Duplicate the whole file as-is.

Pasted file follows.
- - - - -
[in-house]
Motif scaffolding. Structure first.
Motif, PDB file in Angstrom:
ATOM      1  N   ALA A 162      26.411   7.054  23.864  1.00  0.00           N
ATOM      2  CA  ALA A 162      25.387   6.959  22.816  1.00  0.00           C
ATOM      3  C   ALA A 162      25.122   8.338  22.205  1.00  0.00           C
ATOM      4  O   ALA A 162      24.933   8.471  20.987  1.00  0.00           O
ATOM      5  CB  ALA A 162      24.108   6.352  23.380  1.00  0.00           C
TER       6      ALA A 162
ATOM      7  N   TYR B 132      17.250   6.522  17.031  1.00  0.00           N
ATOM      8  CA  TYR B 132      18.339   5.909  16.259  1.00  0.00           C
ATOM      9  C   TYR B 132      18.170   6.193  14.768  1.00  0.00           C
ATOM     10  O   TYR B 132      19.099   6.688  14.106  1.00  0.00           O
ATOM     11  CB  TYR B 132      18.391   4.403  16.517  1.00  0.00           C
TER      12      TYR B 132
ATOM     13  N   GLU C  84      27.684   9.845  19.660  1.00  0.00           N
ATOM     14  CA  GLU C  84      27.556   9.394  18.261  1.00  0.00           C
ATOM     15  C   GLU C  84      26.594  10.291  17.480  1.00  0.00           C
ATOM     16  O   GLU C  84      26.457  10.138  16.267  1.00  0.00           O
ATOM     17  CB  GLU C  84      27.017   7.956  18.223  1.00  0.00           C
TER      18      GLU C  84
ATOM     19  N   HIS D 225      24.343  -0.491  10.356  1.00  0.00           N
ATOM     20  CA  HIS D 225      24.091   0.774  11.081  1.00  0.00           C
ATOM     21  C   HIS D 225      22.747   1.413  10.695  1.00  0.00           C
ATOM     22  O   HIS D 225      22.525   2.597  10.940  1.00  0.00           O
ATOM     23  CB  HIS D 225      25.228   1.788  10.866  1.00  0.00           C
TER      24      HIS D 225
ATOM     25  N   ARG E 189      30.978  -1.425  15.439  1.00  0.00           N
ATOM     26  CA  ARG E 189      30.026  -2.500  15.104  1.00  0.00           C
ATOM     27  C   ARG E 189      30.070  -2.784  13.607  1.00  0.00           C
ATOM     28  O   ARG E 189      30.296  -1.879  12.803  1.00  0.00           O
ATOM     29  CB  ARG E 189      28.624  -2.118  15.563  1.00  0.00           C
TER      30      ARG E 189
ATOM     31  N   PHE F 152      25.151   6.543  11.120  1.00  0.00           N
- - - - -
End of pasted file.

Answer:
[in-house]
Motif scaffolding. Structure first.
Motif, PDB file in Angstrom:
ATOM      1  N   ALA A 162      26.411   7.054  23.864  1.00  0.00           N
ATOM      2  CA  ALA A 162      25.387   6.959  22.816  1.00  0.00           C
ATOM      3  C   ALA A 162      25.122   8.338  22.205  1.00  0.00           C
ATOM      4  O   ALA A 162      24.933   8.471  20.987  1.00  0.00           O
ATOM      5  CB  ALA A 162      24.108   6.352  23.380  1.00  0.00           C
TER       6      ALA A 162
ATOM      7  N   TYR B 132      17.250   6.522  17.031  1.00  0.00           N
ATOM      8  CA  TYR B 132      18.339   5.909  16.259  1.00  0.00           C
ATOM      9  C   TYR B 132      18.170   6.193  14.768  1.00  0.00           C
ATOM     10  O   TYR B 132      19.099   6.688  14.106  1.00  0.00           O
ATOM     11  CB  TYR B 132      18.391   4.403  16.517  1.00  0.00           C
TER      12      TYR B 132
ATOM     13  N   GLU C  84      27.684   9.845  19.660  1.00  0.00           N
ATOM     14  CA  GLU C  84      27.556   9.394  18.261  1.00  0.00           C
ATOM     15  C   GLU C  84      26.594  10.291  17.480  1.00  0.00           C
ATOM     16  O   GLU C  84      26.457  10.138  16.267  1.00  0.00           O
ATOM     17  CB  GLU C  84      27.017   7.956  18.223  1.00  0.00           C
TER      18      GLU C  84
ATOM     19  N   HIS D 225      24.343  -0.491  10.356  1.00  0.00           N
ATOM     20  CA  HIS D 225      24.091   0.774  11.081  1.00  0.00           C
ATOM     21  C   HIS D 225      22.747   1.413  10.695  1.00  0.00           C
ATOM     22  O   HIS D 225      22.525   2.597  10.940  1.00  0.00           O
ATOM     23  CB  HIS D 225      25.228   1.788  10.866  1.00  0.00           C
TER      24      HIS D 225
ATOM     25  N   ARG E 189      30.978  -1.425  15.439  1.00  0.00           N
ATOM     26  CA  ARG E 189      30.026  -2.500  15.104  1.00  0.00           C
ATOM     27  C   ARG E 189      30.070  -2.784  13.607  1.00  0.00           C
ATOM     28  O   ARG E 189      30.296  -1.879  12.803  1.00  0.00           O
ATOM     29  CB  ARG E 189      28.624  -2.118  15.563  1.00  0.00           C
TER      30      ARG E 189
ATOM     31  N   PHE F 152      25.151   6.543  11.120  1.00  0.00           N